Xavier L. Simon aka Xavier

DS , I don’t know whether your comment on technology is a reaction to Posner’s or mine, but you will note that I conceded his assumption that technology on material or physical matters will keep up with the needs of and problems crated by population growth. My concern is the organizational side of technology and particularly its human dimension.

I don’t know whether you’ve followed my comments over the past few weeks but I mentioned that all of my working life has been in developing economies with the last 30 plus years focused on development issues working on the ground in well over 20 countries. About 15 years ago I began to observe that the rapidly growing population in many of those countries was creating institutional needs much faster than their governments were able to cope with and respond. In fact, I became so concerned that I became a strong advocate for institutional development in my organization and dedicated a large portion of my units own budget to just that purpose.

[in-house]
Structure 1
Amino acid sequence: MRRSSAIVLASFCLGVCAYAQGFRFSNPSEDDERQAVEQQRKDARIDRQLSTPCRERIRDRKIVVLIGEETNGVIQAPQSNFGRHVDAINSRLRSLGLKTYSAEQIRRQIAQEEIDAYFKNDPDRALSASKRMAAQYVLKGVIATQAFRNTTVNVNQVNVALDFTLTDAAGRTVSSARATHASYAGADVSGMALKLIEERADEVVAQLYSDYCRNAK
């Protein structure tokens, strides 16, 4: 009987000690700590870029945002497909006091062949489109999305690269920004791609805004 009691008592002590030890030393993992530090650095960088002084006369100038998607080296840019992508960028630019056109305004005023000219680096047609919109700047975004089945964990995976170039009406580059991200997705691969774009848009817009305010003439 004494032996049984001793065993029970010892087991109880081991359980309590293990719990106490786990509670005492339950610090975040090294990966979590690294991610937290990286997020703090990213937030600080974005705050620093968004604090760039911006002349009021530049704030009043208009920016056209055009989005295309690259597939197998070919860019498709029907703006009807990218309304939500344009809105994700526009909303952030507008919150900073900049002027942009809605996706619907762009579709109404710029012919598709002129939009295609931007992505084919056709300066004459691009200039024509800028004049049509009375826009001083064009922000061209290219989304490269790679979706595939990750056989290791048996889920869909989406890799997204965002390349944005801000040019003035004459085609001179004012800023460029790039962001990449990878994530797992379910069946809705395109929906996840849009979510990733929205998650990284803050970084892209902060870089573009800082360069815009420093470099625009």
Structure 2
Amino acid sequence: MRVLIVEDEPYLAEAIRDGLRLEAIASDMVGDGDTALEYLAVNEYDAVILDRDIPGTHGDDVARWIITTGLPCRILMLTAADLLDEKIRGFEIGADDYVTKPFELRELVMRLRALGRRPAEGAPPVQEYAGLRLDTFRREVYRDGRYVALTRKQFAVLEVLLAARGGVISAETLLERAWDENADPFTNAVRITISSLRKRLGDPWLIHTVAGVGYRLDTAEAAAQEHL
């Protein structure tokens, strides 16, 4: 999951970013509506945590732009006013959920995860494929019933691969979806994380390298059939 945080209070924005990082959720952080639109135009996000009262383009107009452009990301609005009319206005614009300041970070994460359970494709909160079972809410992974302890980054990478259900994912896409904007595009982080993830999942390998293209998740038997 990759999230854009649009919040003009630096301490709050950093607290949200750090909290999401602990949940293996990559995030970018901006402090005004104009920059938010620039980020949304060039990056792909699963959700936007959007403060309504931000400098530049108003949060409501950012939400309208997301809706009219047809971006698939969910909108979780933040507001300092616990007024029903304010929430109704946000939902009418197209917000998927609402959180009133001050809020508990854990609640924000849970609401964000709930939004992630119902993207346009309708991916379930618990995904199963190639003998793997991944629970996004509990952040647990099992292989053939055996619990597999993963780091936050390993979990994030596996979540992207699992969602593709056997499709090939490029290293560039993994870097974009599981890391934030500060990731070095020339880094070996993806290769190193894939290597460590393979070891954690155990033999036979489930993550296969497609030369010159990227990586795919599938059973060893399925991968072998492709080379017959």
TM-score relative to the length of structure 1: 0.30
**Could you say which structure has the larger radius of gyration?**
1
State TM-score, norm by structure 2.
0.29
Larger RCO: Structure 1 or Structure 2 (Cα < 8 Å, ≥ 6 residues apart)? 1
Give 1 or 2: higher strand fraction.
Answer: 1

In this country too a problem seems to be developing. For one it has dug itself into an economic hole in the last 20 to 30 years living well beyond its means, and now that it has to make a drastic revision to its fiscal policies it seems to be politically polarized and frozen into inaction. It seems that its political institutions are no longer up to the task; its organizational technology is failing it. And it’s not only fiscally. I am afraid that excessive regulation and what I call institutional excesses have created undesirable rigidities that keep adjustment from taking place. Take energy. There has been a lot of talk about renewable resources yet even large wind power projects like that of T. Boone Pickens have grounded to a halt because of a lack of transmission capacity, which is being held back by excessive regulation And I could mention many other examples.